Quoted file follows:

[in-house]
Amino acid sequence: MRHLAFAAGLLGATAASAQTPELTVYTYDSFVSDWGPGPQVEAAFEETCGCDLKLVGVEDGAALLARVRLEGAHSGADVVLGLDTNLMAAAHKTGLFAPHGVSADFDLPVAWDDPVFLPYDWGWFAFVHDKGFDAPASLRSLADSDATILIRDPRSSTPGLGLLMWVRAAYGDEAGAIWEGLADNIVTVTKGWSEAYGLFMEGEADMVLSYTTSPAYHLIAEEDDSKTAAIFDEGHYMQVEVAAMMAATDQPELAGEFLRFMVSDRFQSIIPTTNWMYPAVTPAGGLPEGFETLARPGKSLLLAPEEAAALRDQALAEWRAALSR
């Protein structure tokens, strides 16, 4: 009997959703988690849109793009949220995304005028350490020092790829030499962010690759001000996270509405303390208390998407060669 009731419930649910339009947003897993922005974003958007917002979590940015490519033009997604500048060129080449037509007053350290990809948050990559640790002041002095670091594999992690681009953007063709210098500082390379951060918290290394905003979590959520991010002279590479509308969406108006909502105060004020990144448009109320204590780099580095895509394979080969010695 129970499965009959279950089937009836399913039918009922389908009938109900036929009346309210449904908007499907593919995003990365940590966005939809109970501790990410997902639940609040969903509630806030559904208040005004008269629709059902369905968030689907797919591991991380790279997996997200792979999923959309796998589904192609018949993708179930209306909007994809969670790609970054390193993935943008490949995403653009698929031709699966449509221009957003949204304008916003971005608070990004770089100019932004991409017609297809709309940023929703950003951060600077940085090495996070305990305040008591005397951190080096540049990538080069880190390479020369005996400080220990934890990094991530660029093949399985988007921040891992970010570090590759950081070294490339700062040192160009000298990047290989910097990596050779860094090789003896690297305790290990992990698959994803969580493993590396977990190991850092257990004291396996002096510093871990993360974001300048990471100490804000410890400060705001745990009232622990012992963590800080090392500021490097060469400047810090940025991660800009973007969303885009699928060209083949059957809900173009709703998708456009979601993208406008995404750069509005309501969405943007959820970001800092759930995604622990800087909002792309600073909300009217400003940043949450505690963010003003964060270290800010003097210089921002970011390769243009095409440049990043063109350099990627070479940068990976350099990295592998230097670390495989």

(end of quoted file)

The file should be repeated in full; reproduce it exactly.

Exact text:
[in-house]
Amino acid sequence: MRHLAFAAGLLGATAASAQTPELTVYTYDSFVSDWGPGPQVEAAFEETCGCDLKLVGVEDGAALLARVRLEGAHSGADVVLGLDTNLMAAAHKTGLFAPHGVSADFDLPVAWDDPVFLPYDWGWFAFVHDKGFDAPASLRSLADSDATILIRDPRSSTPGLGLLMWVRAAYGDEAGAIWEGLADNIVTVTKGWSEAYGLFMEGEADMVLSYTTSPAYHLIAEEDDSKTAAIFDEGHYMQVEVAAMMAATDQPELAGEFLRFMVSDRFQSIIPTTNWMYPAVTPAGGLPEGFETLARPGKSLLLAPEEAAALRDQALAEWRAALSR
């Protein structure tokens, strides 16, 4: 009997959703988690849109793009949220995304005028350490020092790829030499962010690759001000996270509405303390208390998407060669 009731419930649910339009947003897993922005974003958007917002979590940015490519033009997604500048060129080449037509007053350290990809948050990559640790002041002095670091594999992690681009953007063709210098500082390379951060918290290394905003979590959520991010002279590479509308969406108006909502105060004020990144448009109320204590780099580095895509394979080969010695 129970499965009959279950089937009836399913039918009922389908009938109900036929009346309210449904908007499907593919995003990365940590966005939809109970501790990410997902639940609040969903509630806030559904208040005004008269629709059902369905968030689907797919591991991380790279997996997200792979999923959309796998589904192609018949993708179930209306909007994809969670790609970054390193993935943008490949995403653009698929031709699966449509221009957003949204304008916003971005608070990004770089100019932004991409017609297809709309940023929703950003951060600077940085090495996070305990305040008591005397951190080096540049990538080069880190390479020369005996400080220990934890990094991530660029093949399985988007921040891992970010570090590759950081070294490339700062040192160009000298990047290989910097990596050779860094090789003896690297305790290990992990698959994803969580493993590396977990190991850092257990004291396996002096510093871990993360974001300048990471100490804000410890400060705001745990009232622990012992963590800080090392500021490097060469400047810090940025991660800009973007969303885009699928060209083949059957809900173009709703998708456009979601993208406008995404750069509005309501969405943007959820970001800092759930995604622990800087909002792309600073909300009217400003940043949450505690963010003003964060270290800010003097210089921002970011390769243009095409440049990043063109350099990627070479940068990976350099990295592998230097670390495989």